return fn.constructor.name === 'GeneratorFunction';

this works in node and in firefox:

var GeneratorFunction = (function*(){yield undefined;}).constructor;

function* test() {
   yield 1;
   yield 2;

console.log(test instanceof GeneratorFunction); // true


But it does not work if you bind a generator, for example:

foo = test.bind(bar); 
console.log(foo instanceof GeneratorFunction); // false
  • For me, in Chromium 76 and node 10, the bound generator works too. – jchook Nov 2 '19 at 17:02

I'm using this:

var sampleGenerator = function*() {};

function isGenerator(arg) {
    return arg.constructor === sampleGenerator.constructor;
exports.isGenerator = isGenerator;

function isGeneratorIterator(arg) {
    return arg.constructor === sampleGenerator.prototype.constructor;
exports.isGeneratorIterator = isGeneratorIterator;
  • 2
    I shorten this to Generator = (function*(){}).constructor; g instanceof Generator, unfortunatly (function*(){}).prototype.constructor is not a valid parameter of instanceof for checking for generator iterators – Nick Sotiros May 9 '14 at 16:41

TJ Holowaychuk's co library has the best function for checking whether something is a generator function. Here is the source code:

function isGeneratorFunction(obj) {
   var constructor = obj.constructor;
   if (!constructor) return false;
   if ('GeneratorFunction' === constructor.name || 'GeneratorFunction' === constructor.displayName) return true;
   return isGenerator(constructor.prototype);

Reference: https://github.com/tj/co/blob/717b043371ba057cb7a4a2a4e47120d598116ed7/index.js#L221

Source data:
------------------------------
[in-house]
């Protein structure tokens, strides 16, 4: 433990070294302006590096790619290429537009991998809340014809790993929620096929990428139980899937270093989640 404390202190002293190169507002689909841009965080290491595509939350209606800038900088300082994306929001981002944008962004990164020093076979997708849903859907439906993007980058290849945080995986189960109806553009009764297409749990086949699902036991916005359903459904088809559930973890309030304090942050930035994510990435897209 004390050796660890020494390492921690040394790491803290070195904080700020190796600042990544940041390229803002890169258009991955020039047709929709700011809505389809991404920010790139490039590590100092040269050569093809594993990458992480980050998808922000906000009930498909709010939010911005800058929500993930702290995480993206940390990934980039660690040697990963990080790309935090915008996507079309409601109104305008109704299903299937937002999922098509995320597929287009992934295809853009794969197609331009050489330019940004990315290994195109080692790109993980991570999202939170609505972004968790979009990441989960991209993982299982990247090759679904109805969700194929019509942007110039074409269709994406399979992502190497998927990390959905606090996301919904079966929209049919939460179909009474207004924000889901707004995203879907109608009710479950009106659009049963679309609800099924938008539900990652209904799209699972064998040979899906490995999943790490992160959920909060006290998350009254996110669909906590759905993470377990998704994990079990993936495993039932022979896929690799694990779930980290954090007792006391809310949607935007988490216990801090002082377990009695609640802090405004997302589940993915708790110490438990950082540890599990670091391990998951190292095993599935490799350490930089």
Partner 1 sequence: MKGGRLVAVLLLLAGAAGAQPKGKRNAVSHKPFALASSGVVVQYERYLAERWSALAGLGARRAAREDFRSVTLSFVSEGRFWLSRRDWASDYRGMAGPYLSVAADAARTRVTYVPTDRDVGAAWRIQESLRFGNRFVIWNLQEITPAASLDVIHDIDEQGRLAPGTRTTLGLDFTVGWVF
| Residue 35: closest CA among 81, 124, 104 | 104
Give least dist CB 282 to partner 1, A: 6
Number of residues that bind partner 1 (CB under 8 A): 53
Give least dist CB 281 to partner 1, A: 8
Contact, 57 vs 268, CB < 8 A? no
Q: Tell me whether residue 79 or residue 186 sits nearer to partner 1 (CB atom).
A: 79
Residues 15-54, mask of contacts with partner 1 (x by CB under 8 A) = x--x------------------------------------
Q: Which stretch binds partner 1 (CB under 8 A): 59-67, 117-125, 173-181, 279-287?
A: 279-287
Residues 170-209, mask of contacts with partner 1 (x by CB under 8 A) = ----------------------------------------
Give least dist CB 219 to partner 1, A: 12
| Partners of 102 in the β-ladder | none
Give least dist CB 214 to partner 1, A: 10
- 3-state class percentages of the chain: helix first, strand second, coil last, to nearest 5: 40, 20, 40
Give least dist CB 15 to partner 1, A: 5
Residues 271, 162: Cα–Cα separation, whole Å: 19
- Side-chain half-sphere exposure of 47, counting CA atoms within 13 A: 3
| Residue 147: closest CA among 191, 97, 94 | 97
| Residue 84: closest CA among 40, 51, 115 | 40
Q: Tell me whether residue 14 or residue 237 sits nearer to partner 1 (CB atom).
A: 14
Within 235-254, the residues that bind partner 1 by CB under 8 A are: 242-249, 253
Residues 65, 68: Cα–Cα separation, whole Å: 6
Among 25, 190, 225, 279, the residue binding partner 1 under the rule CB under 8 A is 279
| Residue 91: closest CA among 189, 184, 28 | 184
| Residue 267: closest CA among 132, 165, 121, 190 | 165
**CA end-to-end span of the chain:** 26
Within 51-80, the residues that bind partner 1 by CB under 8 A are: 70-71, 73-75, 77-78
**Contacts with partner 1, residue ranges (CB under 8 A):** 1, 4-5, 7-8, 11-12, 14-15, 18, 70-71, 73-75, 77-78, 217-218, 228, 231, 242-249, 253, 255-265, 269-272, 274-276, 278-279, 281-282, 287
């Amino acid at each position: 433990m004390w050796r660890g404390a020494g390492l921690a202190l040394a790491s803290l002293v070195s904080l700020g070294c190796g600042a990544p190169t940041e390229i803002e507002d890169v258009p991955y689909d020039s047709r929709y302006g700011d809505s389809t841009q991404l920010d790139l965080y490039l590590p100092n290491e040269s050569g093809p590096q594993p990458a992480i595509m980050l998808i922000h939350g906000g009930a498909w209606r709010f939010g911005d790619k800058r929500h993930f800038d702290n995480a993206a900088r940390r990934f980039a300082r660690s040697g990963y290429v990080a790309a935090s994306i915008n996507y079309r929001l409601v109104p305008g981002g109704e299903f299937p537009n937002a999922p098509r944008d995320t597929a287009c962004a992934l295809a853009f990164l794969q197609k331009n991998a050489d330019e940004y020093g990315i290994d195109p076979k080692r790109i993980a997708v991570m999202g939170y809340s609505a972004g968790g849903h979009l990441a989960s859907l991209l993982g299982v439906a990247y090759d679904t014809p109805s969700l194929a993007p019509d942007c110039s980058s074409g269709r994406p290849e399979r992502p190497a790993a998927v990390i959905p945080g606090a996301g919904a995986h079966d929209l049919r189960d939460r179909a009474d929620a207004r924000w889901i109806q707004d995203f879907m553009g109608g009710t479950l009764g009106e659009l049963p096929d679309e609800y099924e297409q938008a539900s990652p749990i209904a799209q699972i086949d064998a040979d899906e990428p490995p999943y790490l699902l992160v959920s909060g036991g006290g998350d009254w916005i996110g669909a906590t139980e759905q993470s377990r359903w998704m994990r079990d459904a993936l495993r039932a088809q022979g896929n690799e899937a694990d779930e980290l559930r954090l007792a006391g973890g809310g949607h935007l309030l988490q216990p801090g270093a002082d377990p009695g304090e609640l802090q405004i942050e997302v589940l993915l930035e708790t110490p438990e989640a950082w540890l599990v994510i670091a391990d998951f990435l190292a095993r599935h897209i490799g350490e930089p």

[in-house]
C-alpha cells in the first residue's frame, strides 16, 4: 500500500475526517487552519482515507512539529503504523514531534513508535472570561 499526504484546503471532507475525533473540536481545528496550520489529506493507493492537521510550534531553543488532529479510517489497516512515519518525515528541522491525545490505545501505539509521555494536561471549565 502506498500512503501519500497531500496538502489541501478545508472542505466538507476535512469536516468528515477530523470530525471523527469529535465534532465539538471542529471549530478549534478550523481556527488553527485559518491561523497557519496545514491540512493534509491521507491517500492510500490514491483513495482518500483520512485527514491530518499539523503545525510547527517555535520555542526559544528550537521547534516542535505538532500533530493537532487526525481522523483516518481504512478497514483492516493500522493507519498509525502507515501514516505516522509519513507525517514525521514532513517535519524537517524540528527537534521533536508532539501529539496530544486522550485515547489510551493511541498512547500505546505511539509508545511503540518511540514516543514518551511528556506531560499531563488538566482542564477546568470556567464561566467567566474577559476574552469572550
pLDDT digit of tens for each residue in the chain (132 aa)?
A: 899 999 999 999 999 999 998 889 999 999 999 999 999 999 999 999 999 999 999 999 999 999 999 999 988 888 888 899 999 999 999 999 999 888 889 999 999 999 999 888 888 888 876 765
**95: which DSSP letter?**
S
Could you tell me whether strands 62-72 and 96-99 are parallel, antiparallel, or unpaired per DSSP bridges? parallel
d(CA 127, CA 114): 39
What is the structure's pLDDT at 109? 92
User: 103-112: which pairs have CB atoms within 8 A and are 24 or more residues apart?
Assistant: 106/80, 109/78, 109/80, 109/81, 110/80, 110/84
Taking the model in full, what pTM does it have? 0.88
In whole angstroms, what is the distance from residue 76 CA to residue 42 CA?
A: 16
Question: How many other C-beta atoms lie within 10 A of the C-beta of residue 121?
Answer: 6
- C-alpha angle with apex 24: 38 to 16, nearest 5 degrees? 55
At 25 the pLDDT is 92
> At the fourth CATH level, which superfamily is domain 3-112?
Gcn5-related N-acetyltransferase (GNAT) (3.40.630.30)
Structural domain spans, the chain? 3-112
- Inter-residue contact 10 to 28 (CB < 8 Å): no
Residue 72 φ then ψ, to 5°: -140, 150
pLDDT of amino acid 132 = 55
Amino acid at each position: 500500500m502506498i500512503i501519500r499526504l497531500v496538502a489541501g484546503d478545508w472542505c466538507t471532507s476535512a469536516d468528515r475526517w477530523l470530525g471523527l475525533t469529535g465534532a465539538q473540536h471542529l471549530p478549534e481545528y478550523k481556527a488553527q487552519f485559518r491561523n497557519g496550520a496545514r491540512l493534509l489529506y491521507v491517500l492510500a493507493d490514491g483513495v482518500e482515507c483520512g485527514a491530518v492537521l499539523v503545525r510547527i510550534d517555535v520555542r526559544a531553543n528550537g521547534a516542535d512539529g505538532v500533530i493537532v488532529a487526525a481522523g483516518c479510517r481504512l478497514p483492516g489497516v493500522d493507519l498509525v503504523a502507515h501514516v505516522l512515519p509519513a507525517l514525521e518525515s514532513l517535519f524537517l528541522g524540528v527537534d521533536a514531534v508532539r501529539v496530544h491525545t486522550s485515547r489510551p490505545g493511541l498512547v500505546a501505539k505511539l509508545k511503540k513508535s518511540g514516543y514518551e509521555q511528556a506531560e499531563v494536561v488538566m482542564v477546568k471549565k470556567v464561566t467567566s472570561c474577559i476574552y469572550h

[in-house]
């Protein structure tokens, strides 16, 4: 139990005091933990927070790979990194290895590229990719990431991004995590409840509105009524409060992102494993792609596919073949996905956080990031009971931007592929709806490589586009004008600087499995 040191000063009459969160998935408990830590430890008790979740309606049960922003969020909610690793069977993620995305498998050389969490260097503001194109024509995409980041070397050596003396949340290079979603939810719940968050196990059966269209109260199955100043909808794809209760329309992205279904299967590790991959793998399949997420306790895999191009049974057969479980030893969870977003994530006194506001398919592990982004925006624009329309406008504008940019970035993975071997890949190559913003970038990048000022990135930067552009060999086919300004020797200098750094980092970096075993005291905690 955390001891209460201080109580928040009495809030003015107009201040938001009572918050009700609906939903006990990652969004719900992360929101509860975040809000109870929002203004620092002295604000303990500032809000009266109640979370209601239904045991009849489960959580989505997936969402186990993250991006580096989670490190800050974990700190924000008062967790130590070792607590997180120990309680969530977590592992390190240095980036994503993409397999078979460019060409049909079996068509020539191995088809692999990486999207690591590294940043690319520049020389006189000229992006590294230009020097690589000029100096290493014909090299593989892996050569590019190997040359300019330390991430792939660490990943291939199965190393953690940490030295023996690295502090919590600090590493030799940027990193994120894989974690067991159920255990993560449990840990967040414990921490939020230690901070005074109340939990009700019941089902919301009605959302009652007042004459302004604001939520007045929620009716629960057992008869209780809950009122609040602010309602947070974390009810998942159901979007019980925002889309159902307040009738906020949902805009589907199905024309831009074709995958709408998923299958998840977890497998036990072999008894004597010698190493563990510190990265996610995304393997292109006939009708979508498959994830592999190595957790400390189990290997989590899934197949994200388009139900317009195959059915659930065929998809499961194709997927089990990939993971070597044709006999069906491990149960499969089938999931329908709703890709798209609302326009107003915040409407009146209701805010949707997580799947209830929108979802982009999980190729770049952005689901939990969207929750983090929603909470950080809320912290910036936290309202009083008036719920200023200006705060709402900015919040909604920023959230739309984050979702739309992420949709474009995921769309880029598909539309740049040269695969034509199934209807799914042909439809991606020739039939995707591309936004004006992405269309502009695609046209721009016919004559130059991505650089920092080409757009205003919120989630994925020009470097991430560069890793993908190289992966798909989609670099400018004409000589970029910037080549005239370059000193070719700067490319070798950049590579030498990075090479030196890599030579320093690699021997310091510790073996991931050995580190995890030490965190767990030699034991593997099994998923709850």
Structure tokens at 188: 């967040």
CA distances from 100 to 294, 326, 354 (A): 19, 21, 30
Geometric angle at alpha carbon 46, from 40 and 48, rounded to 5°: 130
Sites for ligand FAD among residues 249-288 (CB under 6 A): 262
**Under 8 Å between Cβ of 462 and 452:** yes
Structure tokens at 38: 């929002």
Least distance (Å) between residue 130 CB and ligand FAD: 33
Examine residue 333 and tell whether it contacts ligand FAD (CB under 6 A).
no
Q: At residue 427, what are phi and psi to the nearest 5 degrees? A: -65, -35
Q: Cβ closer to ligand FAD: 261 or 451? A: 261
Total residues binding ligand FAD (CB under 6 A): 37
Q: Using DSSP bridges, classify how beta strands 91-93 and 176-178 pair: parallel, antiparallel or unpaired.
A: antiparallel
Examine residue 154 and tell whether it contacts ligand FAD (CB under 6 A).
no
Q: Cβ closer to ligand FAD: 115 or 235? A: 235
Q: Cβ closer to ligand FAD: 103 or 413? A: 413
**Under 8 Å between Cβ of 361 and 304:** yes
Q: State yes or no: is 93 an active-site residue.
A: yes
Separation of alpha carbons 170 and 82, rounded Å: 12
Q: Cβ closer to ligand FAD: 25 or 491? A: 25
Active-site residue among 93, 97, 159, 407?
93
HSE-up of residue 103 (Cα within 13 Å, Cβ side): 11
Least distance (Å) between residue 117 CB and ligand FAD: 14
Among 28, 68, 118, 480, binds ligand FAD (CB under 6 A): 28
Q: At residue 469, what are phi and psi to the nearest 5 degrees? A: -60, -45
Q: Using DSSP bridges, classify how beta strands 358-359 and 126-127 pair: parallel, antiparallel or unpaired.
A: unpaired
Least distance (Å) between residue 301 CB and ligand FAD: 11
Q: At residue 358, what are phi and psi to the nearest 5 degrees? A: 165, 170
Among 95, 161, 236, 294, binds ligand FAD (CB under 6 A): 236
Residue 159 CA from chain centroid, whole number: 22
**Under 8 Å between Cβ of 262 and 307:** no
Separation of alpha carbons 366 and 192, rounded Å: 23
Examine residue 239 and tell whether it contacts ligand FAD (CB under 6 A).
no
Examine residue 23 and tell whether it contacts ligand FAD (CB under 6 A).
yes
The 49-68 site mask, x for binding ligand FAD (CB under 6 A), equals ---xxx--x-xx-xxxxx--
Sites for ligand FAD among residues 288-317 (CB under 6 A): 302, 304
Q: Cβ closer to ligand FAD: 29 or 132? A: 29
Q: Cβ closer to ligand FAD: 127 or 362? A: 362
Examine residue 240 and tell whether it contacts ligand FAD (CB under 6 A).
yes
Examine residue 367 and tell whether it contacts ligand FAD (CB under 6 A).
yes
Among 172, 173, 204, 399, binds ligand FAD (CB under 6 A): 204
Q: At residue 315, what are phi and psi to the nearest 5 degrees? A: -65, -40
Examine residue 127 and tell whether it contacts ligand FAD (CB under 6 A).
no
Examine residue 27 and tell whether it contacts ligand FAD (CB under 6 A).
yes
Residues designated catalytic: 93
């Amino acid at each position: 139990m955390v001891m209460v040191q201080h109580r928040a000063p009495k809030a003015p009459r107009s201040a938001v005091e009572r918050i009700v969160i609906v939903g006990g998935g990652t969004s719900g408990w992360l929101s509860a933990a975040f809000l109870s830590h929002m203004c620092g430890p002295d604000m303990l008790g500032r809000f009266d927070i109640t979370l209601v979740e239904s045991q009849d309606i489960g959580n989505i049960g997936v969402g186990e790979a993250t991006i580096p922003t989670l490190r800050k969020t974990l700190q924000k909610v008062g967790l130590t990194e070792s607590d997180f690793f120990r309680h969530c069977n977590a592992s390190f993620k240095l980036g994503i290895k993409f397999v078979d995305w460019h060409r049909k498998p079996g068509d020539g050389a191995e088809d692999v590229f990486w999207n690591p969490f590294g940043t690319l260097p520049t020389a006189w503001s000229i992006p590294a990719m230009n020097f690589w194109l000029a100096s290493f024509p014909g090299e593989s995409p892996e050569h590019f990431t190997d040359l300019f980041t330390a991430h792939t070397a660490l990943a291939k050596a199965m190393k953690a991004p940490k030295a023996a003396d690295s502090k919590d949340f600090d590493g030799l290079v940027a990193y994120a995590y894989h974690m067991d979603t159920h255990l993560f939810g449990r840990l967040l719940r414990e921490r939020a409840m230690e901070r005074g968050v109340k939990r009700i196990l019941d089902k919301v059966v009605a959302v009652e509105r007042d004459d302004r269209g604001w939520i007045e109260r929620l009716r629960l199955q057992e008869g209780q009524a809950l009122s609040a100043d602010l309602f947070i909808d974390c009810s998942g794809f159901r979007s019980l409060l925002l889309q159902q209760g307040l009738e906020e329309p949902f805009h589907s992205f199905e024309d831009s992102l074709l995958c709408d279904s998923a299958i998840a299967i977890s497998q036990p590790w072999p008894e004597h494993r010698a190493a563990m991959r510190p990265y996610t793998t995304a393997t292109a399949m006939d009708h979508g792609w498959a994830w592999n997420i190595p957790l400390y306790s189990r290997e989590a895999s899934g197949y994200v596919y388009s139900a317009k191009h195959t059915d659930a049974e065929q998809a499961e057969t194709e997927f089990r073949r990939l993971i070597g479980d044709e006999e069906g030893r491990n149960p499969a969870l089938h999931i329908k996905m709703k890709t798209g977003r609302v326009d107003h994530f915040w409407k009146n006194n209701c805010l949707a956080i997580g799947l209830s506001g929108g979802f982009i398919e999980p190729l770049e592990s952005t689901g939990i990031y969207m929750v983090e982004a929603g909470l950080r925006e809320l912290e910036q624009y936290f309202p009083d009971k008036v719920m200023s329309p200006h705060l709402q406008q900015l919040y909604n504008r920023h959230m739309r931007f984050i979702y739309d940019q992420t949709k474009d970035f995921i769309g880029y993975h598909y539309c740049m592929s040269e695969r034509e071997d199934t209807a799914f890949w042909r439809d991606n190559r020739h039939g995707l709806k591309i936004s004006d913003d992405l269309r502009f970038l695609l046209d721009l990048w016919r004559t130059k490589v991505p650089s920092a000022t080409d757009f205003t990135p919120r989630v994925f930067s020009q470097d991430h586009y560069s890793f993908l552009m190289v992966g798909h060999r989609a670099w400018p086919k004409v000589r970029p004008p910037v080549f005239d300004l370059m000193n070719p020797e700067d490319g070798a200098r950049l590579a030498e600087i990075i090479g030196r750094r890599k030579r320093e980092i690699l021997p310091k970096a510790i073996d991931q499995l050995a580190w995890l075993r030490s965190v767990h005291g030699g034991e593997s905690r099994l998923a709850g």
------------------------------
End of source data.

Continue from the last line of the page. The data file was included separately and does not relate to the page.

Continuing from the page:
In node 7 you can instanceof against the constructors to detect both generator functions and async functions:

const GeneratorFunction = function*(){}.constructor;
const AsyncFunction = async function(){}.constructor;

function norm(){}
async function as(){}

norm instanceof Function;              // true
norm instanceof GeneratorFunction;     // false
norm instanceof AsyncFunction;         // false

gen instanceof Function;               // true
gen instanceof GeneratorFunction;      // true
gen instanceof AsyncFunction;          // false

as instanceof Function;                // true
as instanceof GeneratorFunction;       // false
as instanceof AsyncFunction;           // true

This works for all circumstances in my tests. A comment above says it doesn't work for named generator function expressions but I'm unable to reproduce:

const genExprName=function*name(){};
genExprName instanceof GeneratorFunction;            // true
(function*name2(){}) instanceof GeneratorFunction;   // true

The only problem is the .constructor property of instances can be changed. If someone was really determined to cause you problems they could break it:

// Bad people doing bad things
const genProto = function*(){}.constructor.prototype;

// .. sometime later, we have no access to GeneratorFunction
const GeneratorFunction = function*(){}.constructor;
GeneratorFunction;                     // [Function: Boolean]
gen instanceof GeneratorFunction;      // false
  • Worked for me. Great thinking! Of course, there's always Nick Sotiros' answer, 2 years before you. – MasterBob Jan 6 '17 at 3:19
  • 1
    This answer fails if you use an async generator function, only 1 true is returned: async function*asgen(){} – Ferrybig Jan 23 '18 at 10:51